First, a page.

What is Eminent Domain?

Texas Eminent Domain Laws and Terms

What gives the government the right to come and take your property? Eminent Domain is a general power of the government, subject to some restriction by both the U.S. Federal and Texas State Constitutions. The Texas Legislature has also delegated to certain privately-owned companies, for-profit companies, and quasi-governmental entities the power take property from a lawful owner of private property.

Some of the keys terms owners inquire about are:

  • Eminent Domain: This is one of the inherent powers of government, limited by the U.S. Constitution and the Texas Constitution, to take land for public use. Governments most commonly exercise Eminent Domain to obtain land to expand or improve public roads, streets, and highways, or electrical transmission infrastructure. They also use the power to acquire land for public facilities or buildings, or even parkland. Often, easements for water and wastewater mains, electric utilities and power lines, gas mains, and other public utilities are sought.
  • Condemnation: This is the action by the government exercising its right of Eminent Domain in exchange for compensation. This term is also commonly used when a structure is closed or razed for public health concerns.
  • Valuation: Performed by an appraiser, a valuation of property, also called an appraisal, is a supported professional opinion of the value of the condemned property and should include analysis of compensable categories of “damage” to the remaining property, based on its best and highest use.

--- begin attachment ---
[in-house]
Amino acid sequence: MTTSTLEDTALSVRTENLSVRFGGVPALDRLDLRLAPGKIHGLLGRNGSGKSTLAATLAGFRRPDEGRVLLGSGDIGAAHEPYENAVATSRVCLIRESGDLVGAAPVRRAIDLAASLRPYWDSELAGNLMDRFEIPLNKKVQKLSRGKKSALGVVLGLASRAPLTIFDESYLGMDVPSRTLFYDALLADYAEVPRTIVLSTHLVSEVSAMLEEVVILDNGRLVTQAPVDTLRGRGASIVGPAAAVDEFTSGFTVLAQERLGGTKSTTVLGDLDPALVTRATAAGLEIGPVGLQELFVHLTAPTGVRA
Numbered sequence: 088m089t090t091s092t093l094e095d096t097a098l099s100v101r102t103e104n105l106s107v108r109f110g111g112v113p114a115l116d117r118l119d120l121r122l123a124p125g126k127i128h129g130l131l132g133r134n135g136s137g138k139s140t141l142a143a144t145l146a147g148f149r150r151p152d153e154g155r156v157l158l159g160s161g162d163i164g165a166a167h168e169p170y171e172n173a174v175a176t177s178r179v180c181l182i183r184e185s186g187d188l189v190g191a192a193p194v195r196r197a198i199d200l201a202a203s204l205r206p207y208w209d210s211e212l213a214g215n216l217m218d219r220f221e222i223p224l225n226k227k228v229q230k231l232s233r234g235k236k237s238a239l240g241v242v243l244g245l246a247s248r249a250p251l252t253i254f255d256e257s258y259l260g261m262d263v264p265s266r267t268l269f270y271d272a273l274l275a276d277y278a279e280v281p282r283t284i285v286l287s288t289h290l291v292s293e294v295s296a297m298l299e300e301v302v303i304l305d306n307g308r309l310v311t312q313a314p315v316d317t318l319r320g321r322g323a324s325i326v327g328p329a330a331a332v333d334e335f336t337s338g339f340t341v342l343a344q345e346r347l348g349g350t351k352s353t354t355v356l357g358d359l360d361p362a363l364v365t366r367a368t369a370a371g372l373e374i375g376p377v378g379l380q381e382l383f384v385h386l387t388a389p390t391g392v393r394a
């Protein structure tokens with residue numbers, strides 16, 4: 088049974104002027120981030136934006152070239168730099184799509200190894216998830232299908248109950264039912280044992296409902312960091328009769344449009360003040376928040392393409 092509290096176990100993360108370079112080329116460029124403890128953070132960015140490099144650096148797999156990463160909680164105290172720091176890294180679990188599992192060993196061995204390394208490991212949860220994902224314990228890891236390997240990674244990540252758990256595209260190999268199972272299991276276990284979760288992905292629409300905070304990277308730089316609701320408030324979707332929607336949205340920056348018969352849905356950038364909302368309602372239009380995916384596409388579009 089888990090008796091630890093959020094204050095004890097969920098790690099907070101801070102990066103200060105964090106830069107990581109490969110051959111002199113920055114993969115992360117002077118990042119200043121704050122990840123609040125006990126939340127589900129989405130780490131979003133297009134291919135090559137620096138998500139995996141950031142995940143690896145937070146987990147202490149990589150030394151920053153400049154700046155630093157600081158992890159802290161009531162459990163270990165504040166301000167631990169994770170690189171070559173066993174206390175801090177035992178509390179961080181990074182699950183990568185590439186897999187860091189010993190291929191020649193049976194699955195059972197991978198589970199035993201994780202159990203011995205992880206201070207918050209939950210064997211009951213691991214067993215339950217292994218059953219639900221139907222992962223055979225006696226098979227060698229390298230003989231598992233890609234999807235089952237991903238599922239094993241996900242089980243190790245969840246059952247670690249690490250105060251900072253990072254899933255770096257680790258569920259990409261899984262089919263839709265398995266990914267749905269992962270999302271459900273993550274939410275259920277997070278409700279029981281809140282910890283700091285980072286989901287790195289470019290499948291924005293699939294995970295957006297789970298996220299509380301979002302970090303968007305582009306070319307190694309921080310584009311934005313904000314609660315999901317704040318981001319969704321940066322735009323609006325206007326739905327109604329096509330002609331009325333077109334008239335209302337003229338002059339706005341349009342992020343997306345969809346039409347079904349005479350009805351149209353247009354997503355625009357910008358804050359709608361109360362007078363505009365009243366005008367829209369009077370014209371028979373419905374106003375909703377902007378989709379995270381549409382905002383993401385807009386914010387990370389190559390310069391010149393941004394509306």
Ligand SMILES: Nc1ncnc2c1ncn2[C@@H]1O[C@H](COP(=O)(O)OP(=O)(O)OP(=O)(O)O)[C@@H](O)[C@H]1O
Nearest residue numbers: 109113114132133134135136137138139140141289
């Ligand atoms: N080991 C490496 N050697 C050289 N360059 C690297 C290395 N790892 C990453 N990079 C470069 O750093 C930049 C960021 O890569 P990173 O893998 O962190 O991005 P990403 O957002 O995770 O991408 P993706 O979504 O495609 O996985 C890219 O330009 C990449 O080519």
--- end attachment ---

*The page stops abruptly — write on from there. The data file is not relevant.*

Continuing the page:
• Public Use: Property cannot be condemned except for a public use. This traditionally meant use by the public in general. However, a few recent examples have eroded that protection, resulting in transferring property to a private party where there is an indirect benefit to the public.

Eminent Domain ▪ Condemnation ▪ Fair Compensation

You deserve fair compensation. Fair market value is only part of the compensation equation. Remainder damage may be unclear without detailed analysis of the construction plans and site. We work with local attorneys and owners early in the process to build an effective team with the experience and tools necessary to clear the hurdles of a condemnation proceeding and truly seek full and fair compensation as provided by Constitutional protections.

This is meant to serve as an example of basic definitions of and reasons for Eminent Domain. If you have been put on notice of a condemnation proceeding, it is wise to contact a lawyer.

This Texas law firm maintains its principal office within blocks of the Capitol complex in Austin, Texas. Our attorneys have handled appraisal disputes, eminent domain and condemnation cases throughout the State of Texas including Austin, Aransas Pass, Atlanta, Athens, Bastrop, Beaumont, Belton, Big Spring, Boerne, Bonham, Boston, Brownsville, Brownwood, Childress, Clarksville, Conroe, Copperas Cove, Corpus Christi, Cuero, Dallas, Denton, Eastland, El Paso, Fairfield, Forney, Ft. Stockton, Ft. Worth, Georgetown, Grande Prairie, Houston, Jefferson, Katy, Lockhart, Longview, Lubbock, Marshall, Mount Pleasant, Paris, Port Aransas, San Angelo, San Antonio, Seguin, Sinton, South Padre, Stephenville, Sweetwater, Tyler, Waco, Weatherford, Wimberley, and surrounding areas that include properties along Texas State Highway 130 (toll road), State Highway 45 (toll road), IH 35, IH 10, IH 45, IH 20, US 59, US 71, US 290, US 183, Beltway 8, IH 30, Loop 820, SH 121, SH 114, the North Tarrant Expressway and transmission line cases similar to acquisitions by LCRA and ONCOR.